The Evolution of Information Grazing

One lens through which to look at the recent innovation in the memetracker space is frustration. If you look at where the frustration is in how we track memes (ideas), you can get a decent picture of where the innovation is going. If you want to predict the future, find the frustration!

Like an antelope eating grass on the Kalahari, grazing is eating small quantities of food at frequent but irregular intervals (Apple Dashboard dictionary). Recently, the term grazing has been adopted to describe our efforts at finding information on the Web. The following is a very general picture of the four types of “grazing” we’ve gone through, or are going through now. Each level had it’s own share of frustration, which led (or is leading) directly to the next level.

Update: James Corbett disagrees completely.
Update #2: Well, not completely.

One lens through which to look at the recent innovation in the memetracker space is frustration. If you look at where the frustration is in how we track memes (ideas), you can get a decent picture of where the innovation is going. If you want to predict the future, find the frustration!

Like an antelope eating grass on the Kalahari, grazing is eating small quantities of food at frequent but irregular intervals (Apple Dashboard dictionary). Recently, the term grazing has been adopted to describe our efforts at finding information on the Web. The following is a very general picture of the four types of “grazing” we’ve gone through, or are going through now. Each level had it’s own share of frustration, which led (or is leading) directly to the next level.

Site Grazing

Site grazing is typing in URLs to see if there is any new content. The URLs often come from a list of bookmarks or memory. This difficulty was noticed early on in the blogging world by Rebecca Blood, who says that even as early as 1999 it was too difficult to read all blogs:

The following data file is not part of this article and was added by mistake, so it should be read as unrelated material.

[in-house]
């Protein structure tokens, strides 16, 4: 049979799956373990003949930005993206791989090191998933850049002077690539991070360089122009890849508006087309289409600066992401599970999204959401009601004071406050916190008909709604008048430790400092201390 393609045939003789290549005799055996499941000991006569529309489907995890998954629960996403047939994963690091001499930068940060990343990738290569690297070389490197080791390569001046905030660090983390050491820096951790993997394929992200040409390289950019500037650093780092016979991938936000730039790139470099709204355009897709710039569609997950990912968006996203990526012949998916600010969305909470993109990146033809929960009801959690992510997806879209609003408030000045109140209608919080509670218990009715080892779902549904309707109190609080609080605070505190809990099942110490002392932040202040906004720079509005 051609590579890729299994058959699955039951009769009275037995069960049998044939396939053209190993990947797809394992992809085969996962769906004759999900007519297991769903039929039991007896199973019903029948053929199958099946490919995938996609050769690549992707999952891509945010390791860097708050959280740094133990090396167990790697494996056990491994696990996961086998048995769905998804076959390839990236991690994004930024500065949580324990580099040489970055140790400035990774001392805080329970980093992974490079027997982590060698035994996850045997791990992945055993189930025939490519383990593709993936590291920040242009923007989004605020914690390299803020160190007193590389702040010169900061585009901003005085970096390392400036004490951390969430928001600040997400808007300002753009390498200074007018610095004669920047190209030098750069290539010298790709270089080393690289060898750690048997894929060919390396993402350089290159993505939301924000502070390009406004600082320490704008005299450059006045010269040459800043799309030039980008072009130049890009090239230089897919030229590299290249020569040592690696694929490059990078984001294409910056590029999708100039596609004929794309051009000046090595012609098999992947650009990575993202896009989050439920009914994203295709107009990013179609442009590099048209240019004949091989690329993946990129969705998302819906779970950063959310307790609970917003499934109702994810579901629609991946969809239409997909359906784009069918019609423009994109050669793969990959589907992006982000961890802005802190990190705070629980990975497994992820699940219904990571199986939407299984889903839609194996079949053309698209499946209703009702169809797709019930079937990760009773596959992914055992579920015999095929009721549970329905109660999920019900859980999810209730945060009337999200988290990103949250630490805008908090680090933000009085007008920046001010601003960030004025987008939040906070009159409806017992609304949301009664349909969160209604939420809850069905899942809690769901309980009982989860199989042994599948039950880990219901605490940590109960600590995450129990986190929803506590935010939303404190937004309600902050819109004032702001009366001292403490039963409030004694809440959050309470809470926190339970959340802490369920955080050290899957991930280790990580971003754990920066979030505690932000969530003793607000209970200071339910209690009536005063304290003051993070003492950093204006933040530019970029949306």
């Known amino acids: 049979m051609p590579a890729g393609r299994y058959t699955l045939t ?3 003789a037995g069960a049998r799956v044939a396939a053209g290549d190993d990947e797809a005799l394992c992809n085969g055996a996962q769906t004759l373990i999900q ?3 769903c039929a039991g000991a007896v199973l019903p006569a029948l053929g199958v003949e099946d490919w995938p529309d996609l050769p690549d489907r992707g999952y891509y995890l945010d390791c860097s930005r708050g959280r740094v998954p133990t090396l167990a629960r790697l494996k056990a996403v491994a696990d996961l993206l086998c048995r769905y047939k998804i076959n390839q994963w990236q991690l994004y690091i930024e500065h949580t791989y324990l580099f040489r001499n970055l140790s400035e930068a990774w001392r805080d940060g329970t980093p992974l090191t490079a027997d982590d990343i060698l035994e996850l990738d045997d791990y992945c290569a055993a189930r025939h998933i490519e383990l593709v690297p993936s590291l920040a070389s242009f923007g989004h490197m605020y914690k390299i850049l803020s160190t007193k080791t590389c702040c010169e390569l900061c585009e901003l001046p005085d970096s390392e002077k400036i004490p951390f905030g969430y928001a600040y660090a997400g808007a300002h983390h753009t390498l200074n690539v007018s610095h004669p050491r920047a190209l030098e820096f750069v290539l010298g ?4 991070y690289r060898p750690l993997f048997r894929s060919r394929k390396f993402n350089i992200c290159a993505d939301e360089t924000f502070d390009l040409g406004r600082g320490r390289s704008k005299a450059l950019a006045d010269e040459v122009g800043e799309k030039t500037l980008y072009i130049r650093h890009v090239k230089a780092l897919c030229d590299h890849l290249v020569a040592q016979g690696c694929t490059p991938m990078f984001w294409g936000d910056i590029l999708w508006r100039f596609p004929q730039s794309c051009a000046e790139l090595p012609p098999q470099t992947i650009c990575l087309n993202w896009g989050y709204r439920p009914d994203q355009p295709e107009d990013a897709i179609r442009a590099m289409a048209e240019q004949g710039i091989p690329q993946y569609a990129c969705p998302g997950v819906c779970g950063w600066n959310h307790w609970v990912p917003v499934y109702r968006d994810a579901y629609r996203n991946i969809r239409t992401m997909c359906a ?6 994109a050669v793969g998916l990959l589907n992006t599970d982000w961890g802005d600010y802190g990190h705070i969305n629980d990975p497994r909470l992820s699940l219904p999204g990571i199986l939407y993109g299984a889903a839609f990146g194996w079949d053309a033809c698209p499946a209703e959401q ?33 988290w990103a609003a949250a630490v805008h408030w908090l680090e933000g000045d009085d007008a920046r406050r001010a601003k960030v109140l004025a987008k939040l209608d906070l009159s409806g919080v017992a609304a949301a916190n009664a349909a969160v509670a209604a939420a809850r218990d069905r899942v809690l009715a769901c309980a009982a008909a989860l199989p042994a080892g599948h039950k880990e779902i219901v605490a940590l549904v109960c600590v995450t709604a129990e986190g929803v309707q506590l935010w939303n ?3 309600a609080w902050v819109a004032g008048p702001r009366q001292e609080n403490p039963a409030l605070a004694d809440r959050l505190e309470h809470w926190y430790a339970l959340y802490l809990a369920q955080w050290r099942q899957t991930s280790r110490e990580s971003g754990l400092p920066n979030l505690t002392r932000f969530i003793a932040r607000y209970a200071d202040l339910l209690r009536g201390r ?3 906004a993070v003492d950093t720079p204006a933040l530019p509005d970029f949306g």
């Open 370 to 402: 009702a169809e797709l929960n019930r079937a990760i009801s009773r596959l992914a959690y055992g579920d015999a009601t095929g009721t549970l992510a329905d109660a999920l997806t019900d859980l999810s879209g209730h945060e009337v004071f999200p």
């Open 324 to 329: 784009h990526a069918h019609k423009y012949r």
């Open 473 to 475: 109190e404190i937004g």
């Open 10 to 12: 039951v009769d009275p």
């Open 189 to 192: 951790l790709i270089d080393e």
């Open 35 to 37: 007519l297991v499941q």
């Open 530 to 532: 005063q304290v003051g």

“At this point, the bandwagon jumping began. More and more people began publishing their own weblogs. I began mine in April of 1999. Suddenly it became difficult to read every weblog every day, or even to keep track of all the new ones that were appearing.”

The frustration with site grazing is what led to the popularity of RSS, as it immediately relieved the need to visit sites over and over without knowing if something was new.

Feed Grazing

Feed grazing is what most of us do in our feed readers: checking a bunch of feeds to see if there is anything new. Usually the reader notifies us of new content, by either starring the content or sorting it based on newness, or both.

In my feed reader, Shrook, the feeds that have been updated more recently are presented first. The feeds that haven’t been updated are pushed to the bottom. Whereas site grazing is a bunch of HTML urls, feed grazing is a bunch of RSS urls. So feed grazing works at the feed level. A feed list is often called a Reading List, and is captured in an OPML file. Here is my reading list.

The frustration with feed grazing is that we soon have too many feeds, and many of the feeds overlap content. Ironically, however, we still want to add more feeds if they are relevant to us, and so we prune our feed list over time.

Grazing Lists: These are a variation of feed grazing, and where the term “grazing” came into play via James Corbett. (obviously, I think that grazing is a great term to describe all of these levels) Anyway, a grazing list is a dynamically updated feed list like the one that Adam Green has created out of the tech.memeorandum site. In this paradigm, you subscribe to a Reading List that dynamically changes over time, so that you never know what feeds will be on it.